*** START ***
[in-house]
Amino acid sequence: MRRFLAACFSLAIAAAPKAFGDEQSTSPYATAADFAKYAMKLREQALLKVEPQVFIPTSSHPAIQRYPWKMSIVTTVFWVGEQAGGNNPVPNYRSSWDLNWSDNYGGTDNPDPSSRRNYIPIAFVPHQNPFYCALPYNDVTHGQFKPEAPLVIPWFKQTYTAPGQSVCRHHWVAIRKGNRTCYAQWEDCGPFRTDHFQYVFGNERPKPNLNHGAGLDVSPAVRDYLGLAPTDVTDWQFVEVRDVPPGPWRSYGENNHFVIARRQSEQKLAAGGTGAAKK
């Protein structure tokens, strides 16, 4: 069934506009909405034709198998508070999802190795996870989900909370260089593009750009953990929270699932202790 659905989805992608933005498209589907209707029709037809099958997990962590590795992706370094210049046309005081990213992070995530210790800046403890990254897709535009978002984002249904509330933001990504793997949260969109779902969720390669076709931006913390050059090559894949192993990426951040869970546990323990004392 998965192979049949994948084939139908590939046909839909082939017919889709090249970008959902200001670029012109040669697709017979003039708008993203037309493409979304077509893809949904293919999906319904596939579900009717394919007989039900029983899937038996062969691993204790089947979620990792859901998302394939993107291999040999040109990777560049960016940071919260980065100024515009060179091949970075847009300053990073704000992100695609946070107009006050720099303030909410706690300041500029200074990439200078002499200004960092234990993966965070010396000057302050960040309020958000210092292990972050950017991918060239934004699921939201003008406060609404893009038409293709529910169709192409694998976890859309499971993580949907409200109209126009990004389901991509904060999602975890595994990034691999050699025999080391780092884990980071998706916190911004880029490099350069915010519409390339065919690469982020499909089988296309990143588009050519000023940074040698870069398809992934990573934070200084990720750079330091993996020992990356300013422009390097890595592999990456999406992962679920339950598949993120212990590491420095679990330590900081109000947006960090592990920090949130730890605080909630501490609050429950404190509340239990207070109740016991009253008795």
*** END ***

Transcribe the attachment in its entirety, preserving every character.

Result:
[in-house]
Amino acid sequence: MRRFLAACFSLAIAAAPKAFGDEQSTSPYATAADFAKYAMKLREQALLKVEPQVFIPTSSHPAIQRYPWKMSIVTTVFWVGEQAGGNNPVPNYRSSWDLNWSDNYGGTDNPDPSSRRNYIPIAFVPHQNPFYCALPYNDVTHGQFKPEAPLVIPWFKQTYTAPGQSVCRHHWVAIRKGNRTCYAQWEDCGPFRTDHFQYVFGNERPKPNLNHGAGLDVSPAVRDYLGLAPTDVTDWQFVEVRDVPPGPWRSYGENNHFVIARRQSEQKLAAGGTGAAKK
């Protein structure tokens, strides 16, 4: 069934506009909405034709198998508070999802190795996870989900909370260089593009750009953990929270699932202790 659905989805992608933005498209589907209707029709037809099958997990962590590795992706370094210049046309005081990213992070995530210790800046403890990254897709535009978002984002249904509330933001990504793997949260969109779902969720390669076709931006913390050059090559894949192993990426951040869970546990323990004392 998965192979049949994948084939139908590939046909839909082939017919889709090249970008959902200001670029012109040669697709017979003039708008993203037309493409979304077509893809949904293919999906319904596939579900009717394919007989039900029983899937038996062969691993204790089947979620990792859901998302394939993107291999040999040109990777560049960016940071919260980065100024515009060179091949970075847009300053990073704000992100695609946070107009006050720099303030909410706690300041500029200074990439200078002499200004960092234990993966965070010396000057302050960040309020958000210092292990972050950017991918060239934004699921939201003008406060609404893009038409293709529910169709192409694998976890859309499971993580949907409200109209126009990004389901991509904060999602975890595994990034691999050699025999080391780092884990980071998706916190911004880029490099350069915010519409390339065919690469982020499909089988296309990143588009050519000023940074040698870069398809992934990573934070200084990720750079330091993996020992990356300013422009390097890595592999990456999406992962679920339950598949993120212990590491420095679990330590900081109000947006960090592990920090949130730890605080909630501490609050429950404190509340239990207070109740016991009253008795």